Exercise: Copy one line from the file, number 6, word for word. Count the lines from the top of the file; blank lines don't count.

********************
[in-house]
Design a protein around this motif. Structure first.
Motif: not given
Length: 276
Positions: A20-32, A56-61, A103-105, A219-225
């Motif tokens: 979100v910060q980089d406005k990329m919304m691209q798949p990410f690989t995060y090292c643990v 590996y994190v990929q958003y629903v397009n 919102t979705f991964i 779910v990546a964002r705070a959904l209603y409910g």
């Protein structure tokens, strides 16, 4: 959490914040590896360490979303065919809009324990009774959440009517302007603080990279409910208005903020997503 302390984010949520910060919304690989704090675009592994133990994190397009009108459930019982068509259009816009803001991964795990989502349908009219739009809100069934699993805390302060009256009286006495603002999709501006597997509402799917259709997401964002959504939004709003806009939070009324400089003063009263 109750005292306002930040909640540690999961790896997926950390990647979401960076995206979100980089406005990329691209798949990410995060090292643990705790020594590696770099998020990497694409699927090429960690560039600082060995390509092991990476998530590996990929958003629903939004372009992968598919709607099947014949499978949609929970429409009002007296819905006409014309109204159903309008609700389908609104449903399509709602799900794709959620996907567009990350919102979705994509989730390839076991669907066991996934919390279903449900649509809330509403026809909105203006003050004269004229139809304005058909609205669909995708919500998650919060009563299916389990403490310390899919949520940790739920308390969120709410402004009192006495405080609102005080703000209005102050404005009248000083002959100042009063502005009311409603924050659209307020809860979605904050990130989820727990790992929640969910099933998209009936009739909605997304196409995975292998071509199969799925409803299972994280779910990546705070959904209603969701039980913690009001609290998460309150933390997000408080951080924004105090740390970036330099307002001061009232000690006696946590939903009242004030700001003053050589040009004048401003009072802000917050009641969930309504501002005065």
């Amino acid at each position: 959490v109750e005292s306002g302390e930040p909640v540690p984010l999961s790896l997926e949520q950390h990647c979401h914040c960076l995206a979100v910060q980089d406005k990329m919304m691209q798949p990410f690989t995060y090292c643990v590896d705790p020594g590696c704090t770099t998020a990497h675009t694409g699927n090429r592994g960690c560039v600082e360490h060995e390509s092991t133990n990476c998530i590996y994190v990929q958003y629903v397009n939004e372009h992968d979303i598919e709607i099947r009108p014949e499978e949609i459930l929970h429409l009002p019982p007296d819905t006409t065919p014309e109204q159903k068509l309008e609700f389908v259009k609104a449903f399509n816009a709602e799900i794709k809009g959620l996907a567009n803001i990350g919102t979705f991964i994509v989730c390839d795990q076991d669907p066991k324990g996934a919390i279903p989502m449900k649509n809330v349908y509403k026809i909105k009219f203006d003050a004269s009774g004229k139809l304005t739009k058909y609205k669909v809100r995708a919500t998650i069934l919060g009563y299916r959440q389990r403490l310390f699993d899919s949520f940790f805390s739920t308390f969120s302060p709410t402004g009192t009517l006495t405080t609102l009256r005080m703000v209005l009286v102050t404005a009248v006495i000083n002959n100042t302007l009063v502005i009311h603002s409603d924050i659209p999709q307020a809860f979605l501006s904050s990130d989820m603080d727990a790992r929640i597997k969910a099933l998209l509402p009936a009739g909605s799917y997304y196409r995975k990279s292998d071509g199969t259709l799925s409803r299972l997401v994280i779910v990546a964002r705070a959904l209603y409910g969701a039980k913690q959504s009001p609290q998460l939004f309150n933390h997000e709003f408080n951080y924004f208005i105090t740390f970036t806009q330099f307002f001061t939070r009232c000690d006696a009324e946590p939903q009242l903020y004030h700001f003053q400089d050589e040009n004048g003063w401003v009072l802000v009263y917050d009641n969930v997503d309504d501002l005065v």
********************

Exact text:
């Motif tokens: 979100v910060q980089d406005k990329m919304m691209q798949p990410f690989t995060y090292c643990v 590996y994190v990929q958003y629903v397009n 919102t979705f991964i 779910v990546a964002r705070a959904l209603y409910g």